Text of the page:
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ACTU survey disproves ACTU campaign

14 November 2011

The Australian Council of Trade Unions campaigns for 'secure' work. Its campaigning includes the destruction of the right for us to be self-employed, to be our own boss. But it also wants to eliminate casual work, labour hire, contracting-out of services and anything that is not 'permanent employment'.

To support its campaign, it has released a survey, Voices from Working Australians, which it claims shows that working Australians support the ACTU campaign. In fact, the survey of 40,000 unionists shows the reverse. We've summarised the survey and make commentary below.

Survey Summary

The survey as it stands is most interesting and offers valuable insights into the attitudes of people working in some specific publicly funded areas. Unfortunately the ACTU has titled it Voices from Working Australians, which is a misleading public relations title which attempts to represent the survey as being typical of all working Australians.

It's an online survey of a specific section of Australian unionists. In this respect it gives a good insight into one aspect of the thinking of a discrete segment of Australian workers. But it is not legitimate for the ACTU to claim a representation beyond that. Further, the ACTU claims that the survey shows union support for its secure work campaign. In fact, we say the survey shows the reverse.

A note on Australian union membership:
  • 1.8 million union members in Australia = 19.1% of workforce.
  • 46% of public-sector employees are in a union.
  • 14% of private-sector employees are in a union.
This compares with 2.1 million self-employed people in Australia.

Profile of respondents
  • Some 42,000 responded, a big survey by any measure.
  • 98% union members.
  • 64% women.
  • 72% come from the caring industries of healthcare, education, welfare and public administration.
  • Educated, with 79% having a diploma or higher.
  • 60% over 45 years of age.
  • Higher percentage have mortgages than the general population---52% to 35%.
  • More likely to have permanent jobs (85%).
  • 63% work between 35 and 40 hrs a week.
Overwhelmingly, the survey reflects the attitudes of white-collar, educated females working in public-sector or publicly funded jobs in the clerical, professional, community services, health and education areas. Most appeared to have a managerial position of some sort.

ICA finds the findings surprising from the perspective of the ACTU, as they do not reflect the 'class warfare' campaigning typified by ACTU and union outpourings. Actually, the findings reflect a high level of professionalism and commitment to work that we would anticipate seeing from the demographic of the respondents.

On job security
  • 80% did not rate secure jobs as important to them.
  • 78% did not rate job security as a top industrial issue.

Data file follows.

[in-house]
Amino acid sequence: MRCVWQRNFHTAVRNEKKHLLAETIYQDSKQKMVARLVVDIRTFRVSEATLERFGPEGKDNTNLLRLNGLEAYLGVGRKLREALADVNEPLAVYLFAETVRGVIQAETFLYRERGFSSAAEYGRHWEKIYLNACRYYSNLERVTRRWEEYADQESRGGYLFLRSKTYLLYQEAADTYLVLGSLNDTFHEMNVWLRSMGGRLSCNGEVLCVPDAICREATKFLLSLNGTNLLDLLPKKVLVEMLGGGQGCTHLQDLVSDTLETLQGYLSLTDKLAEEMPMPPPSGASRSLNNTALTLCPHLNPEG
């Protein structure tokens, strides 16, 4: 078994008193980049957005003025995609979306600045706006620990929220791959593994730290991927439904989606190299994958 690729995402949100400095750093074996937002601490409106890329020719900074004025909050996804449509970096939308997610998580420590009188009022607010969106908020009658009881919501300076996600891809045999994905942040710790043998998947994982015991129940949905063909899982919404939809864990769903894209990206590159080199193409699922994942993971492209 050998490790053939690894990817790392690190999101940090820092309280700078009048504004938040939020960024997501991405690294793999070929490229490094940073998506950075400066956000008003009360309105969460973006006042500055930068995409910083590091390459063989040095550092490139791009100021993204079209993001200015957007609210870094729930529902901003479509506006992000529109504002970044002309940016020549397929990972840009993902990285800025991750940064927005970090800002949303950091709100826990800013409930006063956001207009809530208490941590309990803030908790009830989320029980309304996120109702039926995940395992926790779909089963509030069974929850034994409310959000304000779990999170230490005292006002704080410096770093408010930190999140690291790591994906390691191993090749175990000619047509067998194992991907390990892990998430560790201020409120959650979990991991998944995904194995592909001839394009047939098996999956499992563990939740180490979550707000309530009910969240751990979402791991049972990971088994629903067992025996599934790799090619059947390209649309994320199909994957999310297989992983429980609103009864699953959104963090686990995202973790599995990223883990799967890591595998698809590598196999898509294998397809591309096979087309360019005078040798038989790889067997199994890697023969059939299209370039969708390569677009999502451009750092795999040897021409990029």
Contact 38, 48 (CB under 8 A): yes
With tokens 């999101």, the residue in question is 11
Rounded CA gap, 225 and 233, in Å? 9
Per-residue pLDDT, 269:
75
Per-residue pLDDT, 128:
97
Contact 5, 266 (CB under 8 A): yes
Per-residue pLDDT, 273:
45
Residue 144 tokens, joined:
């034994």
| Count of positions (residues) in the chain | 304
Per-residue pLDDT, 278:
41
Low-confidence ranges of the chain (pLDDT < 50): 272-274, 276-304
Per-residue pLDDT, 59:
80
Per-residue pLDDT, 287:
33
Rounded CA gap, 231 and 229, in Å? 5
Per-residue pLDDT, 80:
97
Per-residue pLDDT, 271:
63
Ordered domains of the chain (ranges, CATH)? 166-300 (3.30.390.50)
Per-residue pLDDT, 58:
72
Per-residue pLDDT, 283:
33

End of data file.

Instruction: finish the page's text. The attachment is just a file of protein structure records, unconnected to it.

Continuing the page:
• 61% worked additional hours but seemed to do so by choice.
  • Most common reason cited for people who worked part-time was because they preferred it. Only 8% worked part-time because could not find full-time work.
  • Of youth in the survey looking for reliability of work, only 15% were searching because they could not find permanent work.
These results are perhaps a surprise because they conflict with the campaigning efforts of the ACTU and the unions. But it should not be a surprise from the perspective of the respondents. Most are people who are highly skilled, working in sectors where their skills are needed and where secure (government) funding drives the economics of their industries. The respondents have every reason to be confident that they can sell themselves to find the job/s in which they feel most satisfied. Also, being in 'caring' industries, there is a strong commitment to their jobs and the people for whom they care for over and above themselves.

On job satisfaction
  • 70% satisfied with their working conditions.
  • 85% were satisfied with work.
  • 69% expressed no dissatisfaction with senior managers and 76% had not experienced problems with their supervisors.
  • 67% said managers showed interest in their working conditions.
As a general rule, the survey shows people reasonably happy with their work environment and the way it's managed. This again runs counter to ACTU campaigning which tends to portray managers as unreasonable in order to justify union aggression against managers.

On outside hours work
  • 73% were contacted out of hours about work matters.
  • 51% had attended work while sick.
  • 75% feel comfortable taking time off work to care for the sick etc.
Again, ACTU campaigning seems to want to make a big deal out of the fact that many people do extra work outside normal hours and are 'forced' into not taking sick or other leave. These survey results however show the reverse.

ACTU campaigning
  • 98% want campaigning on wages and conditions
This makes sense. It's what unions are supposed to do
  • 95% want campaigning on workers' rights
This also makes sense. However, what those 'rights' are is not defined.
  • 95% want campaigning for good secure jobs
This is inconsistent with the attitudes and experiences shown above. It probably reflects the fact that 'good secure jobs' is a motherhood objective even if people feel it's not directly relevant to their personal situation.

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